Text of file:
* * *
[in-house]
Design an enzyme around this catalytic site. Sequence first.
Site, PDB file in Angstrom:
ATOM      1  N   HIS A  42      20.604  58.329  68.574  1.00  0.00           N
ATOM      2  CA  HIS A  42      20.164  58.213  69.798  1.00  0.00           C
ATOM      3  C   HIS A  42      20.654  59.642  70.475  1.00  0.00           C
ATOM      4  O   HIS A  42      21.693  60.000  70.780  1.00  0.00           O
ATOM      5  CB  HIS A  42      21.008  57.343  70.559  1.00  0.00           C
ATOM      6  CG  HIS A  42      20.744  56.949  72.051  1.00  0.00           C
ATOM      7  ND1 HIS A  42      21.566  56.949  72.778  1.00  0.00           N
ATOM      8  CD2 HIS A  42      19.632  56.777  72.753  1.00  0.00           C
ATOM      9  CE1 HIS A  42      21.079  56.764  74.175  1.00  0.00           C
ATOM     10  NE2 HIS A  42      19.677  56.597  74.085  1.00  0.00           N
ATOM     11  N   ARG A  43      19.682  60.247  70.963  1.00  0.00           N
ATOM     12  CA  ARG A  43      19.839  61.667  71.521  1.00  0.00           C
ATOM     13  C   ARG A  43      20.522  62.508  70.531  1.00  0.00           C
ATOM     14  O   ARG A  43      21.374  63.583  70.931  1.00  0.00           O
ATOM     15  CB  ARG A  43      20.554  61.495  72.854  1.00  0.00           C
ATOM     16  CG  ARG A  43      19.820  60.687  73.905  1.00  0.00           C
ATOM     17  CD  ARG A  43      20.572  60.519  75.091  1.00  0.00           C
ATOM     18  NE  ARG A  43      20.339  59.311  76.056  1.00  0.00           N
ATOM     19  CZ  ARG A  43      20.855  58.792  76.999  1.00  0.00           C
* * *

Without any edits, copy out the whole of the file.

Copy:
[in-house]
Design an enzyme around this catalytic site. Sequence first.
Site, PDB file in Angstrom:
ATOM      1  N   HIS A  42      20.604  58.329  68.574  1.00  0.00           N
ATOM      2  CA  HIS A  42      20.164  58.213  69.798  1.00  0.00           C
ATOM      3  C   HIS A  42      20.654  59.642  70.475  1.00  0.00           C
ATOM      4  O   HIS A  42      21.693  60.000  70.780  1.00  0.00           O
ATOM      5  CB  HIS A  42      21.008  57.343  70.559  1.00  0.00           C
ATOM      6  CG  HIS A  42      20.744  56.949  72.051  1.00  0.00           C
ATOM      7  ND1 HIS A  42      21.566  56.949  72.778  1.00  0.00           N
ATOM      8  CD2 HIS A  42      19.632  56.777  72.753  1.00  0.00           C
ATOM      9  CE1 HIS A  42      21.079  56.764  74.175  1.00  0.00           C
ATOM     10  NE2 HIS A  42      19.677  56.597  74.085  1.00  0.00           N
ATOM     11  N   ARG A  43      19.682  60.247  70.963  1.00  0.00           N
ATOM     12  CA  ARG A  43      19.839  61.667  71.521  1.00  0.00           C
ATOM     13  C   ARG A  43      20.522  62.508  70.531  1.00  0.00           C
ATOM     14  O   ARG A  43      21.374  63.583  70.931  1.00  0.00           O
ATOM     15  CB  ARG A  43      20.554  61.495  72.854  1.00  0.00           C
ATOM     16  CG  ARG A  43      19.820  60.687  73.905  1.00  0.00           C
ATOM     17  CD  ARG A  43      20.572  60.519  75.091  1.00  0.00           C
ATOM     18  NE  ARG A  43      20.339  59.311  76.056  1.00  0.00           N
ATOM     19  CZ  ARG A  43      20.855  58.792  76.999  1.00  0.00           C